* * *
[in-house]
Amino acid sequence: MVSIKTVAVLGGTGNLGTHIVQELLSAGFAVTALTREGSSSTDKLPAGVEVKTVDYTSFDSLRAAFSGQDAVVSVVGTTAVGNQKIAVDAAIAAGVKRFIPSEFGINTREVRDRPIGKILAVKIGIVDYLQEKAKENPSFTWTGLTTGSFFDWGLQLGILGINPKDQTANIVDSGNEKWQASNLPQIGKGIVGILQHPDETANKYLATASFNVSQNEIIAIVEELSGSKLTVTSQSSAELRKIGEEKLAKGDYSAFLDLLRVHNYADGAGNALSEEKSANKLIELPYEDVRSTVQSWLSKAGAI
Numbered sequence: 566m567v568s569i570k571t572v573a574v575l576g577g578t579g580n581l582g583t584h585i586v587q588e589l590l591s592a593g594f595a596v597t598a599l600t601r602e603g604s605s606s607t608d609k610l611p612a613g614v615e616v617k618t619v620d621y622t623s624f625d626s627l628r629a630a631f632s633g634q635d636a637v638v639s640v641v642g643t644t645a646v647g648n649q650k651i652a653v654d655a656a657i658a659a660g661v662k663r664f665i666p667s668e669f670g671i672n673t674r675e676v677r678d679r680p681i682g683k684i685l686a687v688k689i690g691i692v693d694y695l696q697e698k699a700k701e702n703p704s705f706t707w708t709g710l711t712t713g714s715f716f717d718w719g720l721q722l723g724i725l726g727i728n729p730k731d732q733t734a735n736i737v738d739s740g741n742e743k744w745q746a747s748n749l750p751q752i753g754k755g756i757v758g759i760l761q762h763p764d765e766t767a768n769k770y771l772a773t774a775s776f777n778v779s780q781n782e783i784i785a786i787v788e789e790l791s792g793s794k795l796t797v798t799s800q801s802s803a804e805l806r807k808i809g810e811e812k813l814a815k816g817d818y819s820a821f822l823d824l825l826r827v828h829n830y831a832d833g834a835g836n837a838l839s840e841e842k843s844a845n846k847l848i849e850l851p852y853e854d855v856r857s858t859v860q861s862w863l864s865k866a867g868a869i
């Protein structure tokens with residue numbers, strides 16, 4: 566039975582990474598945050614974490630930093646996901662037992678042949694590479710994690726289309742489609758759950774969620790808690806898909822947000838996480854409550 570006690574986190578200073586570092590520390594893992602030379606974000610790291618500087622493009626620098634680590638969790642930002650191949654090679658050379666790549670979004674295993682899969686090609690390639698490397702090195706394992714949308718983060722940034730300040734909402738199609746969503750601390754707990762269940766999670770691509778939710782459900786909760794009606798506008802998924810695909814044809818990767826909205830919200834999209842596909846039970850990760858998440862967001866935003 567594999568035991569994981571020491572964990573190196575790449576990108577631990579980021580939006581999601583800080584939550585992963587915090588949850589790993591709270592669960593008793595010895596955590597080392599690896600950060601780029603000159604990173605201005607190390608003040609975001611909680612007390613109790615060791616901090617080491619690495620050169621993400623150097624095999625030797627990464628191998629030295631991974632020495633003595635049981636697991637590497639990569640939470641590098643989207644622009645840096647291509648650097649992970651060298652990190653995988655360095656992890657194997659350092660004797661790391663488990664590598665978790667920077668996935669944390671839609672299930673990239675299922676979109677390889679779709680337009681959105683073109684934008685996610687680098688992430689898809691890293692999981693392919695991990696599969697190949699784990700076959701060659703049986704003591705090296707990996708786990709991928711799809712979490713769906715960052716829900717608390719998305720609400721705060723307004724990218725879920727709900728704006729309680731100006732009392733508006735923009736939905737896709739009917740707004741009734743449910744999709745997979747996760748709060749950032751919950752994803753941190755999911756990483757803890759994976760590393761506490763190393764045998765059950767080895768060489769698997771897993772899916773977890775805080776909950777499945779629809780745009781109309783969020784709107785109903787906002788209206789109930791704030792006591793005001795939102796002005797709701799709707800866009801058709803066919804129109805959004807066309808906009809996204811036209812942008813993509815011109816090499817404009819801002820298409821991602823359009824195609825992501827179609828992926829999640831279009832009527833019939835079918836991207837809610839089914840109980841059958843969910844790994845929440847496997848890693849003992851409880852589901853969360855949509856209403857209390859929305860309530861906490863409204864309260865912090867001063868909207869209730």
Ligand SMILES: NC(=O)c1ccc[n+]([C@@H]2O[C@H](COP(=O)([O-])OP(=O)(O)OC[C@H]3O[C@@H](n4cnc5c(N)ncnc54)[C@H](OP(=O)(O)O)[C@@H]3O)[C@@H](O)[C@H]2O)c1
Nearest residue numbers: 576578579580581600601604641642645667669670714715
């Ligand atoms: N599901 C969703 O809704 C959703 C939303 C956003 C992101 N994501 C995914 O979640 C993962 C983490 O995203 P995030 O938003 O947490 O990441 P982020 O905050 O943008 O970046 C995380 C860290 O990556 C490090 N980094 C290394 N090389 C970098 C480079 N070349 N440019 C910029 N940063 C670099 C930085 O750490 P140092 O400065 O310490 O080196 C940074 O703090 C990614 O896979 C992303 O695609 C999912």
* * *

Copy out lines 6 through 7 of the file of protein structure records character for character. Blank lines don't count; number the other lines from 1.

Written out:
Nearest residue numbers: 576578579580581600601604641642645667669670714715
């Ligand atoms: N599901 C969703 O809704 C959703 C939303 C956003 C992101 N994501 C995914 O979640 C993962 C983490 O995203 P995030 O938003 O947490 O990441 P982020 O905050 O943008 O970046 C995380 C860290 O990556 C490090 N980094 C290394 N090389 C970098 C480079 N070349 N440019 C910029 N940063 C670099 C930085 O750490 P140092 O400065 O310490 O080196 C940074 O703090 C990614 O896979 C992303 O695609 C999912």